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Smartphone Controlled Electric Skateboard 3D Printed at Autodesk’s Pier 9

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3dp_faraday_machine_frontSkateboards have long been the transportation choice of many a car-less teenager, but now that an entire generation of skaters have grown into adulthood many of them have brought their boards along with them. For millions of pedestrians, a skateboard is a fun and logical option to traverse long distances quickly and avoid the frustrations of gridlocked traffic or overcrowded and inefficient public transportation. So it was only a matter of time before there were attempts to improve or enhance the skateboard riding experience, and some of those enhancements could possibly lead to some rather incredible advances for people dependent on mobility assistance devices.

Electric skateboards aren’t a new product–they have been around for years–however, they can sometimes be difficult to control. Often they are made for sportsmen and professional riders and consist of little more than a board with a small motor attached to it. That can be dangerous for someone who is new or only moderately skilled at riding a board, and in fact many municipalities have even banned the devices on city streets and sidewalks.

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Faraday Motion is a collection of engineers, makers, and researchers from Denmark, Poland, Sweden, and the US who want innovate the personal mobility device. They are currently developing an open platform, modular personal electric vehicle that can be moved via a motion control smartphone app. The prototype is based on a standard skateboard, but they have completely stripped most of it away and loaded it with small motors and an entire array of new, 3D printed parts and components. A simple smartphone application controls the device’s speed and direction and based on the rider’s hand movements, and the maximum speed can be preset before the board is used.

The app used to control the skateboard.

The app used to control the skateboard.

In 2013, the head of Faraday Motion’s business strategy and software team, Sune Pedersen, was dealing with an old knee injury and continuing pain and mobility issues, so he decided to see if he could create a new type of urban transportation. He based his prototype on components designed in Tinkercad and used an Onda Motion Core skateboard for its oversized wheels and durable composite plastic body. While a skateboard may not be the ideal mobility assistance device, the technology being developed can be implemented in a variety of assistance devices.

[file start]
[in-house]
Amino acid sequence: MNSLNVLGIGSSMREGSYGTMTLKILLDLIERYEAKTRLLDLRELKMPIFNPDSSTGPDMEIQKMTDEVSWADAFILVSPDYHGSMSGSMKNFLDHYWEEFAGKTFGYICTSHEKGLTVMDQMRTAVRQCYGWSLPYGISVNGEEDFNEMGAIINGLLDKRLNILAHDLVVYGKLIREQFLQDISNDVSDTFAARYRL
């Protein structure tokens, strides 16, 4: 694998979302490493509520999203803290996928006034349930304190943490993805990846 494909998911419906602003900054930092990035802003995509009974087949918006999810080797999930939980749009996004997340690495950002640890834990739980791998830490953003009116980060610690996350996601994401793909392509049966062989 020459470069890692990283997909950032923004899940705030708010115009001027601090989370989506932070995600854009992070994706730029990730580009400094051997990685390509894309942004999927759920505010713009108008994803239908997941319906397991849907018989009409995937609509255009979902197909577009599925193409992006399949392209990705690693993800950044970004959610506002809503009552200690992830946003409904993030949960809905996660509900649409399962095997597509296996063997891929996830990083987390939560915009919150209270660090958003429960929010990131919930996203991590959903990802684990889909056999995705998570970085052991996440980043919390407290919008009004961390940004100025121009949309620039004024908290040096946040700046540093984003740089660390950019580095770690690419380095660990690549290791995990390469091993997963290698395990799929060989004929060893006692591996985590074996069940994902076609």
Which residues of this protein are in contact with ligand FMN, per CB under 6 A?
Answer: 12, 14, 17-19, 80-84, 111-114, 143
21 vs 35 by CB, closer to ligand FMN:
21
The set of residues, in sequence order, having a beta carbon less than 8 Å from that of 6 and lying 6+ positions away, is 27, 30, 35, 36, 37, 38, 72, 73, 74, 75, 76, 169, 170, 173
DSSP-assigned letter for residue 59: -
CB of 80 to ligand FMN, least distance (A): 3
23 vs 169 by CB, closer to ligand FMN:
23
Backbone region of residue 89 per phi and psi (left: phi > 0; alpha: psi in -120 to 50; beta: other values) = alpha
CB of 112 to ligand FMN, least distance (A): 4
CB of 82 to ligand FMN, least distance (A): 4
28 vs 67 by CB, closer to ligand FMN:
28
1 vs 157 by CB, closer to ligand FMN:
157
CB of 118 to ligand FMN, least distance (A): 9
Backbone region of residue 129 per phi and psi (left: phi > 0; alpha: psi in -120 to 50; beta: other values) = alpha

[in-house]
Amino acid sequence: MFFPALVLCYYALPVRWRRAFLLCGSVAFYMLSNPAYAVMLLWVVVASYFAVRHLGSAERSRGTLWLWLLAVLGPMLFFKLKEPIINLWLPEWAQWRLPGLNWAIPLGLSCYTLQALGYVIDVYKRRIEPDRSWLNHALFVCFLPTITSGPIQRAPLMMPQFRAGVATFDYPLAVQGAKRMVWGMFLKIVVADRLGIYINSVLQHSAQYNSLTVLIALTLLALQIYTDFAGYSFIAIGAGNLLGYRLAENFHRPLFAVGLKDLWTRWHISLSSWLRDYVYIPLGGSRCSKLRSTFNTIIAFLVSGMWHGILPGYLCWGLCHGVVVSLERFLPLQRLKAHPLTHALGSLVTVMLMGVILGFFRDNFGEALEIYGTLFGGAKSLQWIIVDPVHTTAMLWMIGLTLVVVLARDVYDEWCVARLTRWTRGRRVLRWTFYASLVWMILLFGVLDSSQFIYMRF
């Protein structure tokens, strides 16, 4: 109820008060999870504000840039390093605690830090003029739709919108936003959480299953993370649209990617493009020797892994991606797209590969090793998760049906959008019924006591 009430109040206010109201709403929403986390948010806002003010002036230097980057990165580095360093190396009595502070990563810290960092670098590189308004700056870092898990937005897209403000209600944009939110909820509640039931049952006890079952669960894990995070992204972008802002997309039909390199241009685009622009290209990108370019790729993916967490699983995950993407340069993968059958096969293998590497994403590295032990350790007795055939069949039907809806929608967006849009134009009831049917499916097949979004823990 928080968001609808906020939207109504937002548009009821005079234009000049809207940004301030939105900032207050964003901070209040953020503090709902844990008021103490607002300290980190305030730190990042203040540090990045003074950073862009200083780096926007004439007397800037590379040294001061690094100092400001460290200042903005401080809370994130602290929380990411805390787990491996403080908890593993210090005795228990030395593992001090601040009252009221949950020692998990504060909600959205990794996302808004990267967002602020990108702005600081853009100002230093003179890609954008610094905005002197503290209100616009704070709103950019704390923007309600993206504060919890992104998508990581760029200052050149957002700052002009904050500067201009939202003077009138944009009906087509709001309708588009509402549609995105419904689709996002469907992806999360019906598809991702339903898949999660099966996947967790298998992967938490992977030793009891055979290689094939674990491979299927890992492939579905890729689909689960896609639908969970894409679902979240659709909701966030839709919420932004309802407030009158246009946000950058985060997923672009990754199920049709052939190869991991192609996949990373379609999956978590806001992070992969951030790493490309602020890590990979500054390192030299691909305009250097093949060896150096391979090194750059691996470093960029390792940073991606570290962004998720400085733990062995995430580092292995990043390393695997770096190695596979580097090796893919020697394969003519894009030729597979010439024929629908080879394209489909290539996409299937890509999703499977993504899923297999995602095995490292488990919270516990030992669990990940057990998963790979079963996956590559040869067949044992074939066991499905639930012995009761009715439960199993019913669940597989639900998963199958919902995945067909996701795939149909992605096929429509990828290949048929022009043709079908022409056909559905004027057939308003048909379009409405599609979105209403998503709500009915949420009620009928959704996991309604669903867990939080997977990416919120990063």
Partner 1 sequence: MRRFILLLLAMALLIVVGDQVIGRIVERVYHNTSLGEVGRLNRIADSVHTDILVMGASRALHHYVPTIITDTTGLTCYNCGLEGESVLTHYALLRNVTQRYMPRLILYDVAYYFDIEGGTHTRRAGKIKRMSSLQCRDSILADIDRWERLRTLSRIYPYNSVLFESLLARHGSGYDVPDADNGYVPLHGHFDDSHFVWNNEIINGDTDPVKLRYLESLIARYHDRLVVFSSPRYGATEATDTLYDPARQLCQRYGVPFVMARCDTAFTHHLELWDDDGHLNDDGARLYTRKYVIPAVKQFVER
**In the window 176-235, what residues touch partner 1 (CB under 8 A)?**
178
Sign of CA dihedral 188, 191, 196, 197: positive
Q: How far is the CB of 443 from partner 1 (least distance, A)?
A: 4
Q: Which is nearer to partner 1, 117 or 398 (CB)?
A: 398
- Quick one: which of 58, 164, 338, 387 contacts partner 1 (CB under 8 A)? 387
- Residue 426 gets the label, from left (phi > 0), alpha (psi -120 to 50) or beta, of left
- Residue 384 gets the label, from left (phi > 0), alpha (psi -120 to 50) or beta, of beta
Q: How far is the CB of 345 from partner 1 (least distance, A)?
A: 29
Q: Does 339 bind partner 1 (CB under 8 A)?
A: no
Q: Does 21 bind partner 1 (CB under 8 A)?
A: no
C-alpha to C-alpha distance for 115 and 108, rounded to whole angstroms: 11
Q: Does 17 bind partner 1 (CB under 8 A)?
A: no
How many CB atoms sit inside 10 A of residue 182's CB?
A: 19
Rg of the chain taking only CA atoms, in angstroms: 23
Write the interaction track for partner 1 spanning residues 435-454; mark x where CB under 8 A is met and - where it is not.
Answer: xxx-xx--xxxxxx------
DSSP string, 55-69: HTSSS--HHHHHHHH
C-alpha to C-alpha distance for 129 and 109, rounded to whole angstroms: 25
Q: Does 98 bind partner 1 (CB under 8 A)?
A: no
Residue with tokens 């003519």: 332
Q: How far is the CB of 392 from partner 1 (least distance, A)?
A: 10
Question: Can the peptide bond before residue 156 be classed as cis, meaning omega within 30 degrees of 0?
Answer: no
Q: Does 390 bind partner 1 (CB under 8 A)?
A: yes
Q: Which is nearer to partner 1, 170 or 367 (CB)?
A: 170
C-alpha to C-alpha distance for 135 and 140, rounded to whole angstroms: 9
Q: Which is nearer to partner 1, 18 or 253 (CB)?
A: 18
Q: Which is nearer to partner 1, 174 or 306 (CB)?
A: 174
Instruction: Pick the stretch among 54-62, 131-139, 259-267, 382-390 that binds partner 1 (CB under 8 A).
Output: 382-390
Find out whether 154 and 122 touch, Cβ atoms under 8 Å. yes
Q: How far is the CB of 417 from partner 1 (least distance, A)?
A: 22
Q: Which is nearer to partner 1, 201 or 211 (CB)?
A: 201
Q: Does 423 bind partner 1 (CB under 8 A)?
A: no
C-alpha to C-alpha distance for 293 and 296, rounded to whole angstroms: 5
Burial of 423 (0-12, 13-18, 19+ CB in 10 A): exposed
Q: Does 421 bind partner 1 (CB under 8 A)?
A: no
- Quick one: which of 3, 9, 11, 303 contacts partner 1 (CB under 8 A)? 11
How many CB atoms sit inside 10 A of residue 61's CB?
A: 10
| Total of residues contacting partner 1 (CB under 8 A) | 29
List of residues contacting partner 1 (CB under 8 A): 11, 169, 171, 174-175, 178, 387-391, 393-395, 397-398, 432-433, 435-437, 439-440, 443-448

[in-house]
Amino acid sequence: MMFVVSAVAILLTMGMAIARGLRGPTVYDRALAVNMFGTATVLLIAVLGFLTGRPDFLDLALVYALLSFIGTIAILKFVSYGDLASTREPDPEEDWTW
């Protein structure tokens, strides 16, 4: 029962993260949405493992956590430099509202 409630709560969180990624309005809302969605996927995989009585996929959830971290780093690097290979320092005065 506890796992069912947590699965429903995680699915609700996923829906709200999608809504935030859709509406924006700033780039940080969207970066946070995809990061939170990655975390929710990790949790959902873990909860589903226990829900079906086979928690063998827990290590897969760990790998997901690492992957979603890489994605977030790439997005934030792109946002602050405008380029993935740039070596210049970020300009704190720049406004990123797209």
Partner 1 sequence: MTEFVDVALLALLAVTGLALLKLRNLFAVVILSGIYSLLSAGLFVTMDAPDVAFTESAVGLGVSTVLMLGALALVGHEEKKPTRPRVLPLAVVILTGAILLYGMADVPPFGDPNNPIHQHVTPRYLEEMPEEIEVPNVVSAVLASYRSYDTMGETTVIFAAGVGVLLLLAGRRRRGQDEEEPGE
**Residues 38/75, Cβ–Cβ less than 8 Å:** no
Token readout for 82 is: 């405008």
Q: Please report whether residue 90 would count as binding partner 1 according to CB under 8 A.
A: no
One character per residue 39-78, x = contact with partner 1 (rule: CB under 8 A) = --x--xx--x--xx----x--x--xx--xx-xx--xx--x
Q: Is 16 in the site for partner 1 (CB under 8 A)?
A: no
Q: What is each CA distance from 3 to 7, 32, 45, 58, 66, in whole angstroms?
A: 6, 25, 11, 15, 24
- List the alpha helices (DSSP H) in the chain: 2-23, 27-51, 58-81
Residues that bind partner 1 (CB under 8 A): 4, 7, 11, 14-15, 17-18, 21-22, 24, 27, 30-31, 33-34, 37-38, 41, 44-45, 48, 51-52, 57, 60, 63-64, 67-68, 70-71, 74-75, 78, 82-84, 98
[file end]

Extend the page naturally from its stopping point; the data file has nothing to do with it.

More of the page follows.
“I do not think that an electric skateboard is the perfect way of transportation for everyone. But the technology we are using; compact batteries, high power motors and advanced computers with intelligent software interacting with a range of sensors and user inputs, can be applied to a range of totally different personal transportation devices not yet seen before. 3d printing combined with our technology will make it easy to quickly invent totally new vehicle types, you could i.e. use our technology to make grandmothers walker electric or even design something innovative from scratch that would look way cooler than anything out there,” explained Pedersen.

Because Pedersen’s prototype was created using custom designed, modular 3D printed parts his first prototype is still in use, though he has significantly modified it 15 times or so. While he has at this point finally created a second, more advanced prototype, the first remains in use today for developing new features and testing. You can see some video of his prototype and the control application in action here:

One of Pedersen’s biggest hurdles wasn’t actually the development of his prototype–it was his ability to access the type of equipment that he would traditionally use in the process. Because he lives in a large metropolitan city in Denmark where space is at a premium, he didn’t have the space or access to use standard tooling and fabrication machinery, so he turned to 3D printing to fill in the gaps. Almost every part on his prototype was designed in 123D Design and 3D printed on his Ultimaker 2. All of his custom electronic components were designed using 123D Circuits, an Autodesk program that allows users to design and simulate their electronics projects virtually. This allowed him to complete his prototype almost entirely in his living room.

Here is a video of Faraday Motion’s latest 3D printed prototype being tested in front of Autodesk’s Pier 9 location in San Francisco:

Pedersen and the rest of the Faraday Motion team are expected to be showing off their latest electric skateboard this month at the Autodesk booth at the Bay Area Maker Faire on May 16th and 17th. What do you think of the possibilities of a customizable, 3D printable mobility device? Let us know on our Faraday Motion Electric Skateboard Prototype forum thread at 3DPB.com.

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